Minkner et al v. JPMorgan Chase Bank, N.A. et al

Filing 19

ORDER denying as moot 6 Motion to Dismiss Case; granting 13 Motion to Remand to State Court. The Clerk of the Court is directed to remand this case to the Maricopa County Superior Court. Signed by Judge G Murray Snow on 1/25/10. (Attachments: # 1 remand letter)(DMT)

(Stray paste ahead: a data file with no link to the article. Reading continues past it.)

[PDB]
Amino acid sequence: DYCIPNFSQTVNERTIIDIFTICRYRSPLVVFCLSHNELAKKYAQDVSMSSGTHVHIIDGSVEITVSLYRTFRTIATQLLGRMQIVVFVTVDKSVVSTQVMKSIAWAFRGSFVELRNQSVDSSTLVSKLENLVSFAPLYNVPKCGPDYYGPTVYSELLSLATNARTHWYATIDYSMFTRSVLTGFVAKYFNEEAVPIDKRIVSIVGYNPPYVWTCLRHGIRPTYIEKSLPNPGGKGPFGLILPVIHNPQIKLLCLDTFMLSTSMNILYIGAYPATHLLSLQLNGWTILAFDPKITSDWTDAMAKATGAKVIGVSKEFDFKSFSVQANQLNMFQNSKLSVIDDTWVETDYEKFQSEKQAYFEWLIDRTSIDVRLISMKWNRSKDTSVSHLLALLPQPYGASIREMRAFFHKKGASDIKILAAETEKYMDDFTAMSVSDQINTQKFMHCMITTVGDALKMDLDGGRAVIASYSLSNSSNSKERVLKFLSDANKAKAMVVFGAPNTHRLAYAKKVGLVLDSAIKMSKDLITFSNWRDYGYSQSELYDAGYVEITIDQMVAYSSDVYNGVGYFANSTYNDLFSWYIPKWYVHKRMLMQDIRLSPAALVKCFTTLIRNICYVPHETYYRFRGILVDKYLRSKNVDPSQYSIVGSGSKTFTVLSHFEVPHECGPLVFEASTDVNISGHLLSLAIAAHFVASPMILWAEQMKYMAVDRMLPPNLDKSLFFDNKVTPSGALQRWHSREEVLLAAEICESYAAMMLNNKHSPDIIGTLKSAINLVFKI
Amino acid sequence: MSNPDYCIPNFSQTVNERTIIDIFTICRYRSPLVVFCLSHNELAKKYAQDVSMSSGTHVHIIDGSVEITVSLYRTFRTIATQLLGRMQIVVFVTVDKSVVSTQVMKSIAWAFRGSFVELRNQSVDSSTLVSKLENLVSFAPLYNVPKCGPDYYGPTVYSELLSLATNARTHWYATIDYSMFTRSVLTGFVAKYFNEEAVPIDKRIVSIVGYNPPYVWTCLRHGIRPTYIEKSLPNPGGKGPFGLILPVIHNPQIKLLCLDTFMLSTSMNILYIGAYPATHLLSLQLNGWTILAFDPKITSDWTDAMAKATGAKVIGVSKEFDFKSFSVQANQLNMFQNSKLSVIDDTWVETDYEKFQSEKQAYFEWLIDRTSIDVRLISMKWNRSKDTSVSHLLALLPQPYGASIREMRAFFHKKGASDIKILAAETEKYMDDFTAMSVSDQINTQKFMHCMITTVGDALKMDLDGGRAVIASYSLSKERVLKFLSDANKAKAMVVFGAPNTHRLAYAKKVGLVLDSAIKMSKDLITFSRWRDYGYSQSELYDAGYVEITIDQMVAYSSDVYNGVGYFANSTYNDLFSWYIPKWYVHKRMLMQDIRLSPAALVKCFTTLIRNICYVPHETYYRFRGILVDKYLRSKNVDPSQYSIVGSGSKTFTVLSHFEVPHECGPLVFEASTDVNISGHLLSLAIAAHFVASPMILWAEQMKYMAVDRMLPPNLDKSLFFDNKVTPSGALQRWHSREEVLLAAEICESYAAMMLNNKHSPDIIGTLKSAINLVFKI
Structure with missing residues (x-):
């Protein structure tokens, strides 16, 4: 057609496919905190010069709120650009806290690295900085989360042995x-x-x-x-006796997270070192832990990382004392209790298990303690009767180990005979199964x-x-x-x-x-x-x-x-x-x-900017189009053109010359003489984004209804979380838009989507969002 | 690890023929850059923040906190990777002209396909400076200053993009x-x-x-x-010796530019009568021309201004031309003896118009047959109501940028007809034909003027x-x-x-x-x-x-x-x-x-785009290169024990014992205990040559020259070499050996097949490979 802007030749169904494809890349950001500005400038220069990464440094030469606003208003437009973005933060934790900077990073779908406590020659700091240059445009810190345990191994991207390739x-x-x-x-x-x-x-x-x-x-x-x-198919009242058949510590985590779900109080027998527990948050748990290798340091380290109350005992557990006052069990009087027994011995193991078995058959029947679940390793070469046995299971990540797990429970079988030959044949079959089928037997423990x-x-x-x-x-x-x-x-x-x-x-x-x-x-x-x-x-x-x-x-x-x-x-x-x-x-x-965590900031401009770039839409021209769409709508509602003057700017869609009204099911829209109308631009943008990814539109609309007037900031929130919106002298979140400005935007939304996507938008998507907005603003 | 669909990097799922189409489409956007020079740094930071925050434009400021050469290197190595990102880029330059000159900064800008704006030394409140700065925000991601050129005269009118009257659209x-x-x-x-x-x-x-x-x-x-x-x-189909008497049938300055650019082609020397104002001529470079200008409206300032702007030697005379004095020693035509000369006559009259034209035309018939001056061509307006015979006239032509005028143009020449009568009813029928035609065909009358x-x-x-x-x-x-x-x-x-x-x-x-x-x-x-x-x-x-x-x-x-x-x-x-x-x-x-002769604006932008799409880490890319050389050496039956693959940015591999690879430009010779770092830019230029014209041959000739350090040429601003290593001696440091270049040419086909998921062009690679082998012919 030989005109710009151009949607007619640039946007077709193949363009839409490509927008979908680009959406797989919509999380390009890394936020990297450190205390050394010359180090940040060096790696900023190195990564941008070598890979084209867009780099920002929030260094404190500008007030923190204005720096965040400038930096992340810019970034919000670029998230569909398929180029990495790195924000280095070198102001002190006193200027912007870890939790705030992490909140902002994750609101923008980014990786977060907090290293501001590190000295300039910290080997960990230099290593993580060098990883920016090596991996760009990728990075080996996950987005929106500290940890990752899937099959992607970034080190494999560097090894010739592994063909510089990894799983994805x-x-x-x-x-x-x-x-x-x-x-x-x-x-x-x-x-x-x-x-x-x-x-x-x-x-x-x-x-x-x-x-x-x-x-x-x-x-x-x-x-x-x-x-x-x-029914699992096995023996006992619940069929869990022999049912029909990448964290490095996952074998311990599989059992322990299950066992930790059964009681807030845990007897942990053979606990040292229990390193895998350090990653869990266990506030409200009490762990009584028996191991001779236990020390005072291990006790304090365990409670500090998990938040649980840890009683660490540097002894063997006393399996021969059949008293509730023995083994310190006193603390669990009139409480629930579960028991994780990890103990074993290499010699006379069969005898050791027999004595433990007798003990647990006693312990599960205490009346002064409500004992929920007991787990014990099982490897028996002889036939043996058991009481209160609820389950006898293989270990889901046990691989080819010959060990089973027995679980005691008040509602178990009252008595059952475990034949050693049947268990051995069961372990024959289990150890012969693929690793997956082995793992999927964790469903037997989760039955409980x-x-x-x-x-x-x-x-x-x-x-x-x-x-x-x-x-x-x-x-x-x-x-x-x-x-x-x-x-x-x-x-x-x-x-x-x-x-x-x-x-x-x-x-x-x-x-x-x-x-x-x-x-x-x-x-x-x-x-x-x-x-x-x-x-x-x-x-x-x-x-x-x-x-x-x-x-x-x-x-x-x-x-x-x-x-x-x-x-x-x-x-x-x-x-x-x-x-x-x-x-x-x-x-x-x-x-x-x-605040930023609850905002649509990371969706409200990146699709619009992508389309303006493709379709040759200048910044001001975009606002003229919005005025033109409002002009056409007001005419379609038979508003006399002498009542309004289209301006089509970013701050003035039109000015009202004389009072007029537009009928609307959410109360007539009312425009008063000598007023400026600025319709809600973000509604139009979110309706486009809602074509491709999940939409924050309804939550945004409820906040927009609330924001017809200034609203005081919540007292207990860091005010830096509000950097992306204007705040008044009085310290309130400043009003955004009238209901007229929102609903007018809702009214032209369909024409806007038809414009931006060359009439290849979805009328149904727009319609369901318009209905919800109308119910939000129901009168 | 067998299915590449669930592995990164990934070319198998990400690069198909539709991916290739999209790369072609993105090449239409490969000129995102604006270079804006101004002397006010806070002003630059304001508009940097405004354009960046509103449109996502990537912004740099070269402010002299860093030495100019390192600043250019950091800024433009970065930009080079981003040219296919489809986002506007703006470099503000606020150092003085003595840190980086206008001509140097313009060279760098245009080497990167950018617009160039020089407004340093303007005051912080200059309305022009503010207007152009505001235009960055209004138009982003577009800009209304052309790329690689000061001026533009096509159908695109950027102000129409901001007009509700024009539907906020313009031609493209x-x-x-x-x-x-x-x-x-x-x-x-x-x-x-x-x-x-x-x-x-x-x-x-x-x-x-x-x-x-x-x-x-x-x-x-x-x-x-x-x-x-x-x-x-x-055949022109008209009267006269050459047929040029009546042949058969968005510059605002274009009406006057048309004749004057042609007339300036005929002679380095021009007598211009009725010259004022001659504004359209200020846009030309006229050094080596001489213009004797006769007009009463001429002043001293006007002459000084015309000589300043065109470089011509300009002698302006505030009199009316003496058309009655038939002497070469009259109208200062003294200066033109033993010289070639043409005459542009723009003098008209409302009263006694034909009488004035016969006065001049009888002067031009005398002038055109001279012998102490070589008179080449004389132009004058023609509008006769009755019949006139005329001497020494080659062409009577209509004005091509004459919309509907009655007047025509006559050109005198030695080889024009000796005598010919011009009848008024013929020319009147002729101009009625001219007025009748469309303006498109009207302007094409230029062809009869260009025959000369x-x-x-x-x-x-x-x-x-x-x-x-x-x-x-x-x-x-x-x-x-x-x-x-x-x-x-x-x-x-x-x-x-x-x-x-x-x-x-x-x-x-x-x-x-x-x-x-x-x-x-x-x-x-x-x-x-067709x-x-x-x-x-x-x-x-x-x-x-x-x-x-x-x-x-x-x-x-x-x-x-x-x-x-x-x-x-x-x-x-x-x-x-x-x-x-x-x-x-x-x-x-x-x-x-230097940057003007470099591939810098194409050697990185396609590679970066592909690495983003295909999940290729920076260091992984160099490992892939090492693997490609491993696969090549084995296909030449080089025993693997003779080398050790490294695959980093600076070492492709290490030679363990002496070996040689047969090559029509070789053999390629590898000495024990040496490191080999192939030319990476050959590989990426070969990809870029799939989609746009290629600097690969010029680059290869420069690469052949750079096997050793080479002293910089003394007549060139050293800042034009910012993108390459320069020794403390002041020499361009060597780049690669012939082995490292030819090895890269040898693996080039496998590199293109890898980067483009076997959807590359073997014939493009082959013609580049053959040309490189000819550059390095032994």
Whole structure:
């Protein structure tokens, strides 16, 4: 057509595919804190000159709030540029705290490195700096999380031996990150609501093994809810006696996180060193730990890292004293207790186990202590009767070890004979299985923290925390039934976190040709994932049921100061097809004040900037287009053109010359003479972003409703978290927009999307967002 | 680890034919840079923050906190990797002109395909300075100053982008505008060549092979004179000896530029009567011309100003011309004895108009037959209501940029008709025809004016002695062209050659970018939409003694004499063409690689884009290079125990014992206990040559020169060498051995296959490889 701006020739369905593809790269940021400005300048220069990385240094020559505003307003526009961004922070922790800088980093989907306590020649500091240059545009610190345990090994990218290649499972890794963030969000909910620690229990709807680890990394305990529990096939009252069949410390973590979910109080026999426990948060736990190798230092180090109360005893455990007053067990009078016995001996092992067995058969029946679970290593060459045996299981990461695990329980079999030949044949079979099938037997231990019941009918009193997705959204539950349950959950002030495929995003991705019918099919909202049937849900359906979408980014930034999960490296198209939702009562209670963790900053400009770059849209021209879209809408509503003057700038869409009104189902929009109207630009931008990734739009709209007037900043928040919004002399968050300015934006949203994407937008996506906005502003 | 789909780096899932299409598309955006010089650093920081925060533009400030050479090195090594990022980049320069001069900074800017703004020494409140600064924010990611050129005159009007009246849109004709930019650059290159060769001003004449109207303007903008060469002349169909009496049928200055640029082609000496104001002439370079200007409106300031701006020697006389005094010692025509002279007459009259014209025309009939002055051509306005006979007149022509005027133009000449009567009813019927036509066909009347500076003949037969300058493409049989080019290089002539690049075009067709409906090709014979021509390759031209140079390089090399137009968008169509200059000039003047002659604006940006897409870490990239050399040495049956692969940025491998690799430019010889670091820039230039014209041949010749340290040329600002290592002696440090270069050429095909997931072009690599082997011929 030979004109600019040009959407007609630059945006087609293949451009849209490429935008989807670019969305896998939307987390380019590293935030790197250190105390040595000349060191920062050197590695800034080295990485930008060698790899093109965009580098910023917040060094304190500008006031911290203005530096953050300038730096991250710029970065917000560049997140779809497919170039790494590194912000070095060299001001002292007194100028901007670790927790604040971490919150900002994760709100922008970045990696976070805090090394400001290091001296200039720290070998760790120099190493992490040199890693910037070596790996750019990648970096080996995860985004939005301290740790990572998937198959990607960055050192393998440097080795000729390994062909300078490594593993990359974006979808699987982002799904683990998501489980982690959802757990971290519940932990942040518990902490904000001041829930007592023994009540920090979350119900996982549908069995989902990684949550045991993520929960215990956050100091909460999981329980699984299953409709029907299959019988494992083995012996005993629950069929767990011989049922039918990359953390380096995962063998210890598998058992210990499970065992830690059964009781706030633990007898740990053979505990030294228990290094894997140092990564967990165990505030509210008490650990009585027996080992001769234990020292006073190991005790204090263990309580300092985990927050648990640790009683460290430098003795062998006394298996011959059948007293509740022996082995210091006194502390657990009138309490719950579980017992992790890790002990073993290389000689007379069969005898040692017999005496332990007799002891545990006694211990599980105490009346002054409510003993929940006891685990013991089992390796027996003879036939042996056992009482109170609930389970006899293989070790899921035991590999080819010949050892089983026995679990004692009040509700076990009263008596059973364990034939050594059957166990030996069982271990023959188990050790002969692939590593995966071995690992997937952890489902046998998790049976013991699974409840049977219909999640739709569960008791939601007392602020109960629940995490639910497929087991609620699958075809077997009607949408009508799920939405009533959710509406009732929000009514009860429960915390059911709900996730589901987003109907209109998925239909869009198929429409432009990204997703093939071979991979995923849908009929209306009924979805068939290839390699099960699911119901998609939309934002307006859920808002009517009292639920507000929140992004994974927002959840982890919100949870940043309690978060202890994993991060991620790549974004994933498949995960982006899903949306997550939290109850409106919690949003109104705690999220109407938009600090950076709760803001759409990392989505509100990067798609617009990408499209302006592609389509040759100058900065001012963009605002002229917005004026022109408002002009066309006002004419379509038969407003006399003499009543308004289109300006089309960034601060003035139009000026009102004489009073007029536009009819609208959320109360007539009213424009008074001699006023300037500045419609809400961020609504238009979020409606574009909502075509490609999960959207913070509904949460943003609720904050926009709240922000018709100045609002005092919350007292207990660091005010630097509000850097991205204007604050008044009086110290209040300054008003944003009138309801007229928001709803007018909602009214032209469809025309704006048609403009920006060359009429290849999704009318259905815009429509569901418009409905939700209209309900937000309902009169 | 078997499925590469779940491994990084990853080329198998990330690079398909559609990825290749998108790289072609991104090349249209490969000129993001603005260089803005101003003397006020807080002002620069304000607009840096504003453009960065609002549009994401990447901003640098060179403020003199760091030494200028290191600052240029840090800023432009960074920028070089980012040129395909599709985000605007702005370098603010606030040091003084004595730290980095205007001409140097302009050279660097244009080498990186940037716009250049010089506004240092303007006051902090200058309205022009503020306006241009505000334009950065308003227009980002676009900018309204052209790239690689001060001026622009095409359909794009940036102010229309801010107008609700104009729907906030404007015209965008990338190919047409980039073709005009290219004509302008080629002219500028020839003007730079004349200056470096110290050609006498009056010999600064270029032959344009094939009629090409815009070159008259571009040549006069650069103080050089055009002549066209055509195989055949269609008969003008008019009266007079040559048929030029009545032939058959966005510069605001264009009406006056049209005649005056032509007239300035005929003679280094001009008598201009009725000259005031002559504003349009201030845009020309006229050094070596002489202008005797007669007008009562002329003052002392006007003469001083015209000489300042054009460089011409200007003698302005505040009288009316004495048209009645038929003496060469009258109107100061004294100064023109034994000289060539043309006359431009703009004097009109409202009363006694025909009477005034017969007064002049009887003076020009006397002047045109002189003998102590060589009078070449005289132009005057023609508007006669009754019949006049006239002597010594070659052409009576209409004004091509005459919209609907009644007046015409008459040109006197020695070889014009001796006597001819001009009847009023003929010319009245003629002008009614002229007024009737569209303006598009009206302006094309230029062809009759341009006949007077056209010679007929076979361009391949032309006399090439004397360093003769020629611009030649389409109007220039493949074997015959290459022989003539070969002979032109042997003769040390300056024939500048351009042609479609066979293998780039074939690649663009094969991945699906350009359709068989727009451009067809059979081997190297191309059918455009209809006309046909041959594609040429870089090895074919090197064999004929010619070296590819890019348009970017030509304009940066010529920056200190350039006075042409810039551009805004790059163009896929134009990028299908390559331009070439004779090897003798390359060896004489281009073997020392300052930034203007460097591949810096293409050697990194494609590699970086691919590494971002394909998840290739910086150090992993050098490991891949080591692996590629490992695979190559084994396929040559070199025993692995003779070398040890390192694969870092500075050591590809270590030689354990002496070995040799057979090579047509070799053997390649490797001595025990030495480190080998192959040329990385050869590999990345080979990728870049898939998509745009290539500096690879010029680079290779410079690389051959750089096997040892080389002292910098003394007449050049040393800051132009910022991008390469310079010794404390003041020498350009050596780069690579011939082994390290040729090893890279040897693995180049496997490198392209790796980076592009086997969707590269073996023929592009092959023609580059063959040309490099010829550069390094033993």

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1 2 3 4 5 6 7 8 9 10 11 12 13 14 15 16 17 18 19 20 21 22 23 24 25 26 27 28 WO NOT FOR PUBLICATION IN THE UNITED STATES DISTRICT COURT FOR THE DISTRICT OF ARIZONA Carl J. Minkner and Diane M. Minkner,) ) husband and wife, ) ) Plaintiffs, ) ) vs. ) ) Washington Mutual Bank, N.A., a national) banking association; JPMorgan Chase) B a n k , N.A., a national banking) association; California Reconveyance) Company, a California corporation;) M o r t g a g e s Electronic Registration) Systems, Inc. ("MERS"), a Delaware) ) corporation, ) ) Defendants. ) ) ) No. 09-CV-1900-PHX-GMS ORDER Pending before the Court are Plaintiffs' Motion to Remand (Dkt. # 13) and Defendants' Motion to Dismiss (Dkt. # 6). For the following reasons, the Court grants the Motion to Remand and denies the Motion to Dismiss as moot. BACKGROUND This case arises out of Carl and Diane Minkner's purchase of a home, for which the Minkners obtained a $2.8 Million loan from Defendant Washington Mutual Bank, N.A. ("WaMu"). In exchange for the loan, the Minkners executed a promissory note in the same amount, along with a deed of trust that named WaMu as the beneficiary. The Minkners did 1 2 3 4 5 6 7 8 9 10 11 12 13 14 15 16 17 18 19 20 21 22 23 24 25 26 27 28 not make their monthly payments, and Defendant California Reconveyance Company ("CRC") recorded a notice of trustee's sale of the property. Plaintiffs filed this lawsuit on August 19, 2009 in Maricopa County Superior Court, alleging three counts: (1) breach of contract/injunctive relief, (2) negligent misrepresentation, and (3) fraudulent concealment. The Complaint named WaMu, JPMorgan Chase Bank, N.A. ("Chase"), CRC, and the Mortgage Electronic Registration Systems, Inc. ("MERS") as Defendants. At the time the Complaint was filed, the Federal Deposit Insurance Corporation ("FDIC") apparently was acting as receiver for WaMu, but neither party has indicated that the FDIC was named or formally substituted as a party under Federal Rule of Civil Procedure 25(c). Defendants Chase and CRC then removed the case to this Court, alleging that this Court has original jurisdiction pursuant to 28 U.S.C. 1331 because Plaintiffs' Complaint "must be based" on various federal laws, including the Truth in Lending Act, 15 U.S.C. 1601, et seq. ("TILA"), the Real Estate Settlement Procedures Act, 12 U.S.C. 2601, et seq. ("RESPA"), "violations of 12 U.S.C. 2605," "breach of contract," and the "unconstitutionality of A.R.S. 33-811." (Dkt. # 1.) Plaintiffs then filed a Motion to Remand, contending the Court has no jurisdiction because the face of the Complaint does not allege any federal claims. DISCUSSION I. Legal Standard for Motion to Remand "[A]ny civil action brought in a State court of which the district courts of the United States have original jurisdiction, may be removed by the defendant . . . to the district court of the United States for the district and division embracing the place where such action is pending." 28 U.S.C. 1441(a). In other words, "[o]nly . . . actions that originally could have been filed in federal court may be removed to federal court by the defendant." Caterpillar, Inc. v. Williams, 482 U.S. 386, 392 (1987). "If at any time before final judgment it appears that the district court lacks subject matter jurisdiction, the case shall be remanded." 28 U.S.C. 1447(c). There is a "strong presumption" against removal, and "[f]ederal jurisdiction must be rejected if there is any doubt as to the right of removal in the first -2- 1 2 3 4 5 6 7 8 9 10 11 12 13 14 15 16 17 18 19 20 21 22 23 24 25 26 27 28 instance." Gaus v. Miles, Inc., 980 F.2d 564, 566 (9th Cir. 1992) (citing Libhart v. Santa Monica Dairy Co., 592 F.2d 1062, 1064 (9th Cir. 1979)). Moreover, "[t]he party asserting jurisdiction has the burden of proving all jurisdictional facts." Indus. Tectonics, Inc. v. Aero Alloy, 912 F.2d 1090, 1092 (9th Cir. 1990). Because the parties do not argue that diversity jurisdiction exists, the Court addresses whether it has federal question jurisdiction under 28 U.S.C. 1331, which provides, "The district courts shall have original jurisdiction of all civil actions arising under the Constitution, laws, or treaties of the United States." II. Plaintiffs' Complaint Does Not Arise Under Federal Law. "A case `arises under' federal law . . . if `a well-pleaded complaint establishes either that federal law creates the cause of action or that the plaintiff's right to relief necessarily depends on resolution of a substantial question of federal law.'" Proctor v. Vishay Intertech. Inc., 584 F.3d 1208, 1219 (9th Cir. 2009) (quoting Empire Healthchoice Assurance, Inc. v. McVeigh, 547 U.S. 677, 68990 (2006)). "[T]he existence of federal jurisdiction depends solely on the plaintiff[s'] claims for relief and not on anticipated defenses to those claims." ARCO Envtl. Remediation, LLC v. Dep't of Health and Human Servs., 213 F.3d 1108, 1113 (9th Cir. 2000). Furthermore, as "master[s] of the complaint," Plaintiffs "may defeat removal by choosing not to plead independent federal claims." Id. at 1114 (citing Caterpillar, 482 U.S. at 392). "When a claim can be supported by alternative and independent theories--one of which is a state law theory and one of which is a federal law theory--federal question jurisdiction does not attach because federal law is not a necessary element of the claim." Rains v. Criterion Sys., Inc., 80 F.3d 339, 346 (9th Cir. 1996). 1. The Complaint Does Not Raise Any Federal Causes of Action. In this case, Plaintiffs have chosen to assert only three causes of action in their Complaint: (1) breach of contract/injunctive relief, (2) negligent misrepresentation, and (3) fraudulent concealment. Each of these is a state law claim. Defendants point to several paragraphs in the facts section of the Complaint, mentioning that Plaintiffs sent Defendants a Qualified Written Request ("QWR"), as defined by 12 U.S.C. 2605(e), and received no response to the QWR in violation of the statute. (Dkt. # 1, Ex. 1 at 1112, 1920.) Later in -3- 1 2 3 4 5 6 7 8 9 10 11 12 13 14 15 16 17 18 19 20 21 22 23 24 25 26 27 28 the Complaint, while discussing the fraudulent concealment claim, Plaintiffs again mention Defendants' failure to respond to the QWR. (Id. at 44.) Highlighting these passive references does not meet Defendants' burden of establishing jurisdiction and overcoming the presumption of remand. See Gaus, 980 F.2d at 566 (discussing presumption against removal); Indus. Tectonics, 912 F.2d at 1092 (discussing the burden of proving jurisdiction). By discussing the QWR in the facts section of the Complaint and then raising it only with respect to the fraudulent concealment claim, and not as its own cause of action or in connection to either of the other claims, it appears that Plaintiffs intend the QWR incident only as evidence of a state fraudulent concealment claim. It is possible that the Defendants' refusal to respond to the QWR is merely evidence that Defendants concealed information. For example, the fraudulent concealment claim also alleges that Defendants concealed facts regarding who the lenders were, who had possession of the promissory note, whether the promissory note had been lost, stolen, or destroyed, who deed of trust assignees were, whether MERS was involved in the transaction, and other general allegations of concealment. The Complaint, therefore, does not clearly invoke federal jurisdiction under RESPA, 12 U.S.C. 2605(e). Defendants do not provide sufficient explanation to the contrary to overcome the presumption against removal. B. The State Law Claims Are Not Deemed To Arise Under Federal Law. Even though the Complaint does not appear to facially raise any federal issues, state claims may also be deemed to arise under federal law in three circumstances: (1) "where federal law completely preempts state law," (2) "where the claim is necessarily federal in character," or (3) "where the right to relief depends on the resolution of a substantial, disputed federal question[.]"ARCO, 213 F.3d at 1114. None of these exceptions apply in this case. Defendants admit that preemption is not at issue, but seem to argue that Plaintiffs' claims, although couched in state law terms, are necessarily federal in nature or at least depend on substantial federal law. Although Plaintiffs' claims center around a home loan transaction, and TILA and RESPA are federal statutes governing such transactions, nothing indicates that these statutes displace traditional state common law causes of action. See Petty -4- 1 2 3 4 5 6 7 8 9 10 11 12 13 14 15 16 17 18 19 20 21 22 23 24 25 26 27 28 v. Gulf Guaranty Ins. Co., 303 F. Supp.2d 815, 818 (N.D. Miss. 2003) (noting that the Supreme Court considers "only a few areas of complete preemption" and that TILA did not preempt Plaintiffs' claims based on consumer loans and insurance transactions); Blair v. Source One Mortgage Servs. Corp., 925 F. Supp. 617, 621 (D. Minn. 1996) ("[W]e find no evidence, and the Defendants do not seriously assert, that the Plaintiffs' State law claims have been preempted by RESPA, for the Act makes unmistakably clear that jurisdiction over RESPA claims is concurrently shared by the State and Federal Courts."). To the contrary, Plaintiffs allege that they had a lending agreement that Defendants breached and that Defendants negligently misrepresented and fraudulently concealed certain information. Contrary to Defendants' assertions, these may raise state causes of action. While a court might ultimately conclude that Plaintiffs' state law claims fail, it does necessarily follow that a federal claim exists instead. C. WaMu's Receivership Does Not Mandate Federal Jurisdiction. Defendants assert that federal jurisdiction is mandatory because the FDIC is WaMu's receiver, meaning any such cases must be brought in federal court. 12 U.S.C. 1819(b)(2)(A), which Defendants do not cite, provides that, except in some situations involving state insured banks, "all suits of a civil nature at common law or in equity to which the [FDIC], in any capacity, is a party shall be deemed to arise under the laws of the United States." (emphasis added). Defendants, however, have not shown that the FDIC is a party. Plaintiff filed this case against WaMu, Chase, CRC, and MERS, but it did not name the FDIC as a party. Defendants suggest that the FDIC automatically became a party because "by operation of law" the FDIC "succeed[s] to . . . all rights, titles, powers, and privileges" of WaMu, 12 U.S.C. 1821(d)(2)(A). But Defendants do not explain how succeeding to rights and privileges necessarily inserts the FDIC as a party in a lawsuit. In the context of FDIC removal, the statutory scheme differentiates the FDIC's substitution from the FDIC's receivership. 12 U.S.C. 1819(b)(2)(B) provides in pertinent part, "[T]he [FDIC] may . . . remove any action, suit, or proceeding from a State court to the appropriate United States -5- 1 2 3 4 5 6 7 8 9 10 11 12 13 14 15 16 17 18 19 20 21 22 23 24 25 26 27 28 district court before the end of a 90-day period beginning on the date the action, suit, or proceeding is filed against the [FDIC] or the [FDIC] is substituted as a party." Meanwhile, 12 U.S.C. 1819(a) explains that the FDIC has the power to "act as a receiver." J.E. Dunn Northwest, Inc. v. Salpare Bay, LLC recently addressed a similar situation. 2009 WL 3571354 (D. Or. Oct. 26, 2009). In that case, the FDIC removed the case from state court before substituting itself as the receiver of one of the defendant-banks. Id. at *1. The court explained that 12 U.S.C. 1819(b)(2)(B) specifies that the FDIC may remove a case if the case was filed against it or if it is "substituted as a party." Id. at 3. The court explained that a specific procedure for substitution exists and that the FDIC's appointment as a receiver or appearance in state court do not automatically insert the FDIC as a party. Id. at 23. "`Substituted as a party' and `appointed as a receiver' are too different to equate. Federal practice requires notice and motion for [nearly all] substitutions . . . . [S]ubstitution as a party requires a specific filing in court." Id. at *3 (citing Buczkowski v. F.D.I.C., 415 F.3d 594, 596 (7th Cir. 2005); Fed. R. Civ. P. 25(c) ("If an interest is transferred, the action may be continued by or against the original party unless the court, on motion, orders the transferee to be substituted in the action or joined with the original party.")). Analogously, the Ninth Circuit, in a case involving the Resolution Trust Corporation acting the defendant's receiver, examined a statute similar to 12 U.S.C. 1819(b)(2)(A), explaining that "the district court has jurisdiction" only "[o]nce substitution occurs." See Crawford Country Homeowners Ass'n, Inc. v. Delta Sav. & Loan, 77 F.3d 1163, 1166 (9th Cir. 1996).1 Defendants cite Brockman v. Merabank for the proposition that the FDIC's presence in a Crawford also explained that "fil[ing] a pleading before the district court . . . would trigger substitution." 77 F.3d at 1166. But, at the time, a statute governing the RTC specified that the RTC was "deemed substituted . . . upon the filing of a copy of the order appointing the [RTC] as . . . receiver . . . or the filing of such other pleading informing the court that the [RTC] has been appointed . . . receiver." 12 U.S.C. 1441a(l)(3)(B) (repealed July 29, 2008). The parties do not cite, and the Court is unaware, of a similar current provision governing the FDIC. Even so, it is unclear whether the parties have filed a pleading that would satisfy this requirement in any event. -6- 1 1 2 3 4 5 6 7 8 9 10 11 12 13 14 15 16 17 18 19 20 21 22 23 24 25 26 27 28 lawsuit mandates jurisdiction. 40 F.3d 1013, 1017 (9th Cir. 1994). The FDIC and RTC in Brockman, however, were named parties to the lawsuit, whereas the FDIC in this case has never been substituted as a party. Therefore, the FDIC is not a party because it was never substituted as a party, either formally under Rule 25(c) or even informally by some other procedure. Because the FDIC is a nonparty, 12 U.S.C. 1819(b)(2)(A) does not grant jurisdiction to this Court. IT IS THEREFORE ORDERED that Plaintiffs' Motion to Remand (Dkt. # 6) is GRANTED. The Clerk of the Court is directed to remand this case to the Maricopa County Superior Court. IT IS FURTHER ORDERED that Defendants' Motion to Dismiss (Dkt. # 6) is DENIED AS MOOT. DATED this 25th day of January, 2010. -7-